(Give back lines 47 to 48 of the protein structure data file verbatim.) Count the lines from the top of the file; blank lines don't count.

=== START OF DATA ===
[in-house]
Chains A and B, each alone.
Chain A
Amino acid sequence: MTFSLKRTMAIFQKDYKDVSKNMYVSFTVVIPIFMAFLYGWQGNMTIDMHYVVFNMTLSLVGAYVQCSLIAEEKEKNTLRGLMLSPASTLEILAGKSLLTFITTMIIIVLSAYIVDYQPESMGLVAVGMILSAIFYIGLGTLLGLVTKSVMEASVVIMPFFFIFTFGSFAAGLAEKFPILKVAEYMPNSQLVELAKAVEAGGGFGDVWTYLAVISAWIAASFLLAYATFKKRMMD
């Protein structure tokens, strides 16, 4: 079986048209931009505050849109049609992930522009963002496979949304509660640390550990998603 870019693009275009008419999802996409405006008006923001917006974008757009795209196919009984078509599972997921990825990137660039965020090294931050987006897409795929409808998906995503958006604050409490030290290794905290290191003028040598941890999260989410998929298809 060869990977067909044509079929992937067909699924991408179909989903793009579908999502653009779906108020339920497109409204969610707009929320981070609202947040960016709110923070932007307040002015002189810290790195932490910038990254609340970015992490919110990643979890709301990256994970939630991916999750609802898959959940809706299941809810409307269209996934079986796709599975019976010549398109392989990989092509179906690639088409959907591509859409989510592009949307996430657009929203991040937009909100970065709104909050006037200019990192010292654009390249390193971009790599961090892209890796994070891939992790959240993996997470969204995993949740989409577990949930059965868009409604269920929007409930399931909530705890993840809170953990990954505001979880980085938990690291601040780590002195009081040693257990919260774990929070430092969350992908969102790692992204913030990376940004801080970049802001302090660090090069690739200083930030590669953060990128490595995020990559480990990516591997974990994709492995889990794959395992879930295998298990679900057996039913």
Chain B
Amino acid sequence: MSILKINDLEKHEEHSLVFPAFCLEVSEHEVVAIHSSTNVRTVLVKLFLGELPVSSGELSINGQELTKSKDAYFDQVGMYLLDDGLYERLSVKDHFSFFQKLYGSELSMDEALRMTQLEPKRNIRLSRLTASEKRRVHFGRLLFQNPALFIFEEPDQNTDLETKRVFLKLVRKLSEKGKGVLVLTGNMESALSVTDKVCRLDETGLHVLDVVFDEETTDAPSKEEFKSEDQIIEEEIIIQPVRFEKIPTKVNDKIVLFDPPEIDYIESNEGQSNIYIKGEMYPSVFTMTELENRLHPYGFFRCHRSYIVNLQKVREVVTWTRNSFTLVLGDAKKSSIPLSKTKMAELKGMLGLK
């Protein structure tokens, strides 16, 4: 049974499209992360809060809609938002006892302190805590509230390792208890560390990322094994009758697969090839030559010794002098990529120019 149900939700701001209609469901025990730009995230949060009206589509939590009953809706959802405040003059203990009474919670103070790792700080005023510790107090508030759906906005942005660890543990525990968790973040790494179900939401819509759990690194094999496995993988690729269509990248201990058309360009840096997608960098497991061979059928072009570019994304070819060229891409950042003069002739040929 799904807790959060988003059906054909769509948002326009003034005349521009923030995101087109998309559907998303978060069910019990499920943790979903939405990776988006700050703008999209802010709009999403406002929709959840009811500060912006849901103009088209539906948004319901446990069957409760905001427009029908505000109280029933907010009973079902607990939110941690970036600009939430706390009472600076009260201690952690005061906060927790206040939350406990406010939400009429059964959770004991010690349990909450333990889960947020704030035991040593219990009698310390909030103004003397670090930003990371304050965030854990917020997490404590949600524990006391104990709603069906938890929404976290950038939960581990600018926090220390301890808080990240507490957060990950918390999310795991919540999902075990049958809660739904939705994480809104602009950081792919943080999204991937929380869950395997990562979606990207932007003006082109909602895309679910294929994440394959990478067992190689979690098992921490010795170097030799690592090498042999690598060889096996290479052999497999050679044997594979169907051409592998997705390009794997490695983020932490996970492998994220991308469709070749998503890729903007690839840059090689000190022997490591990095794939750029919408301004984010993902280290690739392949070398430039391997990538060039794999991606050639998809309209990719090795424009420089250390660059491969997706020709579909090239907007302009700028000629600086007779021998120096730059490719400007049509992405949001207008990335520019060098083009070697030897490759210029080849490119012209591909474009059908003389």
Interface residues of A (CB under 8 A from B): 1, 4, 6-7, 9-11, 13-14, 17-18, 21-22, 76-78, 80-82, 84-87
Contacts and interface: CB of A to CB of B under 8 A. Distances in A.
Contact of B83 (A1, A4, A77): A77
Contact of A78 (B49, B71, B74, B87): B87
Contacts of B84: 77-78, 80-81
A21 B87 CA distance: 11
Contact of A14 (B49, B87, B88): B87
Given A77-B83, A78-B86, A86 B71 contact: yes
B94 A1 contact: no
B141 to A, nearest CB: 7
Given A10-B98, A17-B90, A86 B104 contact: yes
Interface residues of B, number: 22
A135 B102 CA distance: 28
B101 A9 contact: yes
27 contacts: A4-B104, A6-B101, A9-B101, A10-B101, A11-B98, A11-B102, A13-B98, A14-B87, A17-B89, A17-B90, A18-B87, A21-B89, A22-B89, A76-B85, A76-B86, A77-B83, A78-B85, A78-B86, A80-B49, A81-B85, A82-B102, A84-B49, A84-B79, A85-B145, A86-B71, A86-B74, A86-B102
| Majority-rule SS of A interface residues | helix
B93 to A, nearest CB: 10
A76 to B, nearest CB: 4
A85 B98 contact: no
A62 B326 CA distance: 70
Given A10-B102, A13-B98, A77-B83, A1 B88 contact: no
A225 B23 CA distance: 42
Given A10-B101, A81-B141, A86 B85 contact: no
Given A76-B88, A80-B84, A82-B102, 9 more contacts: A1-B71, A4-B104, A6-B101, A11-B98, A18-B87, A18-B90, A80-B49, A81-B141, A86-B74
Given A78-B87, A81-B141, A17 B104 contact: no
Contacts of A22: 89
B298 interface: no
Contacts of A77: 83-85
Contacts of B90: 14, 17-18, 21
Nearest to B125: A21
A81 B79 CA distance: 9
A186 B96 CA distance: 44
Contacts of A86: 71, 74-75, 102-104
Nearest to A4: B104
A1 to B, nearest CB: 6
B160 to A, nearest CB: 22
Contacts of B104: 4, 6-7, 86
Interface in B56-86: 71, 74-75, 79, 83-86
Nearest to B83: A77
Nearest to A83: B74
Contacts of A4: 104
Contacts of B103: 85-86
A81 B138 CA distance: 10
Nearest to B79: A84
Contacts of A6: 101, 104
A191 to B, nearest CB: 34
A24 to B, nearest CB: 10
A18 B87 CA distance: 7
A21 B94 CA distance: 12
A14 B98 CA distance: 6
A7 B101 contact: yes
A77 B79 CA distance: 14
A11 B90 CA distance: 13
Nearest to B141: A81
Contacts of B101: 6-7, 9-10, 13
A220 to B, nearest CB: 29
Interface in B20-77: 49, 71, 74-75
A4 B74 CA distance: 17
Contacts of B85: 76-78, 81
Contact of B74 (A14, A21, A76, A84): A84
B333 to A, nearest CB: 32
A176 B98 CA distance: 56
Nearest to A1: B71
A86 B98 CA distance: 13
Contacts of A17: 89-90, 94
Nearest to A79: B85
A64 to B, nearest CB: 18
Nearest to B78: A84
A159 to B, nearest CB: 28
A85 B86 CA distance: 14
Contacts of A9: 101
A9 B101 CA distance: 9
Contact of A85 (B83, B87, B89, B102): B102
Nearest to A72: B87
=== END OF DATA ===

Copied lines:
Nearest to B83: A77
Nearest to A83: B74